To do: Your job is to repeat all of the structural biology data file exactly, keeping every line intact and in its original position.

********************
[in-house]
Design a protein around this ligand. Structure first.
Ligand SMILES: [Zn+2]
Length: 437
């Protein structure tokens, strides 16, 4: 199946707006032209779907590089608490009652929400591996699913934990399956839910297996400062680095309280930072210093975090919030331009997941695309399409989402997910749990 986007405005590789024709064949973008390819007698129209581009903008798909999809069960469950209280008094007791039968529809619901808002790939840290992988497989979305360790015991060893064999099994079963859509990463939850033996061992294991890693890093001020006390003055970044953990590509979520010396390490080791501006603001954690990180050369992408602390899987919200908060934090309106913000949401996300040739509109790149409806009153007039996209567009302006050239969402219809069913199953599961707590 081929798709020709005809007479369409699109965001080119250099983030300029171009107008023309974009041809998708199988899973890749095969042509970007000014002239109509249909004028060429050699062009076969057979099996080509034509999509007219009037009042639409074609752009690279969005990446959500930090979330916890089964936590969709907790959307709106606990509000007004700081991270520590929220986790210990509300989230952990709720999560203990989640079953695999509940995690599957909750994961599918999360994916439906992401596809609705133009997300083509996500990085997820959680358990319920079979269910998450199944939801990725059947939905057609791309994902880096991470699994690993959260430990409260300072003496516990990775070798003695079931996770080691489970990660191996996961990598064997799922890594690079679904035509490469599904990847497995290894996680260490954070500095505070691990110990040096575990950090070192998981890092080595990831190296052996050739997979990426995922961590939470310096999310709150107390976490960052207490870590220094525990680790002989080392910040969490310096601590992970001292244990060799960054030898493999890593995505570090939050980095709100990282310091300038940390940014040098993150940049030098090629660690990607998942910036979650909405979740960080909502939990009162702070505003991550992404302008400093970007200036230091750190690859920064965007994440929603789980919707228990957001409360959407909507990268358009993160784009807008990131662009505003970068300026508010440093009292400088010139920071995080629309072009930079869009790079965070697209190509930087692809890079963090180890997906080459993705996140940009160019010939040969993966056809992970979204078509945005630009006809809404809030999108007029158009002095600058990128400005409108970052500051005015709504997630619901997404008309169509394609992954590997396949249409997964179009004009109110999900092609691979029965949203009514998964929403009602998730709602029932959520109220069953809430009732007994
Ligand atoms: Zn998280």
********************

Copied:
[in-house]
Design a protein around this ligand. Structure first.
Ligand SMILES: [Zn+2]
Length: 437
């Protein structure tokens, strides 16, 4: 199946707006032209779907590089608490009652929400591996699913934990399956839910297996400062680095309280930072210093975090919030331009997941695309399409989402997910749990 986007405005590789024709064949973008390819007698129209581009903008798909999809069960469950209280008094007791039968529809619901808002790939840290992988497989979305360790015991060893064999099994079963859509990463939850033996061992294991890693890093001020006390003055970044953990590509979520010396390490080791501006603001954690990180050369992408602390899987919200908060934090309106913000949401996300040739509109790149409806009153007039996209567009302006050239969402219809069913199953599961707590 081929798709020709005809007479369409699109965001080119250099983030300029171009107008023309974009041809998708199988899973890749095969042509970007000014002239109509249909004028060429050699062009076969057979099996080509034509999509007219009037009042639409074609752009690279969005990446959500930090979330916890089964936590969709907790959307709106606990509000007004700081991270520590929220986790210990509300989230952990709720999560203990989640079953695999509940995690599957909750994961599918999360994916439906992401596809609705133009997300083509996500990085997820959680358990319920079979269910998450199944939801990725059947939905057609791309994902880096991470699994690993959260430990409260300072003496516990990775070798003695079931996770080691489970990660191996996961990598064997799922890594690079679904035509490469599904990847497995290894996680260490954070500095505070691990110990040096575990950090070192998981890092080595990831190296052996050739997979990426995922961590939470310096999310709150107390976490960052207490870590220094525990680790002989080392910040969490310096601590992970001292244990060799960054030898493999890593995505570090939050980095709100990282310091300038940390940014040098993150940049030098090629660690990607998942910036979650909405979740960080909502939990009162702070505003991550992404302008400093970007200036230091750190690859920064965007994440929603789980919707228990957001409360959407909507990268358009993160784009807008990131662009505003970068300026508010440093009292400088010139920071995080629309072009930079869009790079965070697209190509930087692809890079963090180890997906080459993705996140940009160019010939040969993966056809992970979204078509945005630009006809809404809030999108007029158009002095600058990128400005409108970052500051005015709504997630619901997404008309169509394609992954590997396949249409997964179009004009109110999900092609691979029965949203009514998964929403009602998730709602029932959520109220069953809430009732007994
Ligand atoms: Zn998280």